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# Wireless Sensor Networks Routing

Wireless Sensor Networks Routing. Professor Jack Stankovic University of Virginia. Sensor Net Routing. End-to-end Real-time Collisions Congestion Power Security Mobility Link Quality. Last Mile. Destination. Source. Base Station. Assumption: Nodes know location (localization).

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## Wireless Sensor Networks Routing

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1. Wireless Sensor NetworksRouting Professor Jack Stankovic University of Virginia

2. Sensor Net Routing • End-to-end • Real-time • Collisions • Congestion • Power • Security • Mobility • Link Quality Last Mile Destination Source Base Station Assumption: Nodes know location (localization)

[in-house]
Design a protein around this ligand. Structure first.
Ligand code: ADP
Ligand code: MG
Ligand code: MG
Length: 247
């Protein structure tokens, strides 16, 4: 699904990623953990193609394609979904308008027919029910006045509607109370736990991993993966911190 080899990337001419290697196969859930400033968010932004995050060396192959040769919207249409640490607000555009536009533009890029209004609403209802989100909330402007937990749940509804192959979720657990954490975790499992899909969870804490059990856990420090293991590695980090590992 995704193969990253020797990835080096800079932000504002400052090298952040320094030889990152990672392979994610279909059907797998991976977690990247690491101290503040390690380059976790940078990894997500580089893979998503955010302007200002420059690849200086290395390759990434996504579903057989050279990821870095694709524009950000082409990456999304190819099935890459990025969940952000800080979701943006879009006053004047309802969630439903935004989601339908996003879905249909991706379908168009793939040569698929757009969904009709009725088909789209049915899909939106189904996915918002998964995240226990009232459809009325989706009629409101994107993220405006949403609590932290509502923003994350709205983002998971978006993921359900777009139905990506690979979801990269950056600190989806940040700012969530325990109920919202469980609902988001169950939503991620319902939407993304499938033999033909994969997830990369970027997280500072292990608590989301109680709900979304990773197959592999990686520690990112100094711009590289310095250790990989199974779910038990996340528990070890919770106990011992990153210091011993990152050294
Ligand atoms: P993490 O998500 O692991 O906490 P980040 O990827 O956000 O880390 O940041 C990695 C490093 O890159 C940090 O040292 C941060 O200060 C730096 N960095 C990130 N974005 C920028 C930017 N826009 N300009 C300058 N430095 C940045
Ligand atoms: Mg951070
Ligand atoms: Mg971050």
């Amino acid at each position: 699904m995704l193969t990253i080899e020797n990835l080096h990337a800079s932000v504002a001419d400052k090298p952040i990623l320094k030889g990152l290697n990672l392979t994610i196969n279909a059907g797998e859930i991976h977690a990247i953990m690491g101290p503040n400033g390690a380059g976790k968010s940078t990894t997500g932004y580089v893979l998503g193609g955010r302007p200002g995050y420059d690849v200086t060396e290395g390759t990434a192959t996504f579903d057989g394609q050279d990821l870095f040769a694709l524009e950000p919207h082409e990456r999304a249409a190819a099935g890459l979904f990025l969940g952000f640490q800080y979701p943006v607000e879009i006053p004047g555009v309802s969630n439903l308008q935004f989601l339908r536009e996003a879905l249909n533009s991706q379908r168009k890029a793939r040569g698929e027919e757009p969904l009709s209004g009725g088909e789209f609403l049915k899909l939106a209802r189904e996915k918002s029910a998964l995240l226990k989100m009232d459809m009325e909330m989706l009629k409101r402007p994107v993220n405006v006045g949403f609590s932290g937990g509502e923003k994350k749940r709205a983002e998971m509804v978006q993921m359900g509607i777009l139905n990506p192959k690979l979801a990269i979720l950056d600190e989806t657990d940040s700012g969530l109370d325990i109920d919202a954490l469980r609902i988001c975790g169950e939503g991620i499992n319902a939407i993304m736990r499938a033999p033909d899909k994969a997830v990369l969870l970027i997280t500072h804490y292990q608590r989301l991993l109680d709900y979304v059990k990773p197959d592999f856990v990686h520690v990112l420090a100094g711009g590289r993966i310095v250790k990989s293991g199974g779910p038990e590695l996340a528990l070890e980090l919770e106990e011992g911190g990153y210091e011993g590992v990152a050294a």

3. Last Mile Semantics • At least 1 - Any • At most 1 • All • Unicast – exactly which node by ID

4. Ad Hoc DeploymentNeighbor Discovery Data Structure ID Location 1 x,y 2 a,b 3 c,d 1 3 2

5. Question • Suppose probability of a packet getting to next hop is 95% • What is the probability of a packet making it across 10 hops? (.95) ~= 60% 10

6. Most WSN • Multi-hop • Ad hoc deployment • Need “more interesting” routing protocols • Find routes on-demand • Energy issues • Irregular communication range • Interferences • Congestion • Highly dynamic link quality

7. Many Routing Algorithms • GF (SGF; GPSR) • DSR(supports mobility) (MANET) • AODV (supports mobility) (MANET) • Directed Diffusion • SPEED (RT) • IGF (supports mobility, stateless)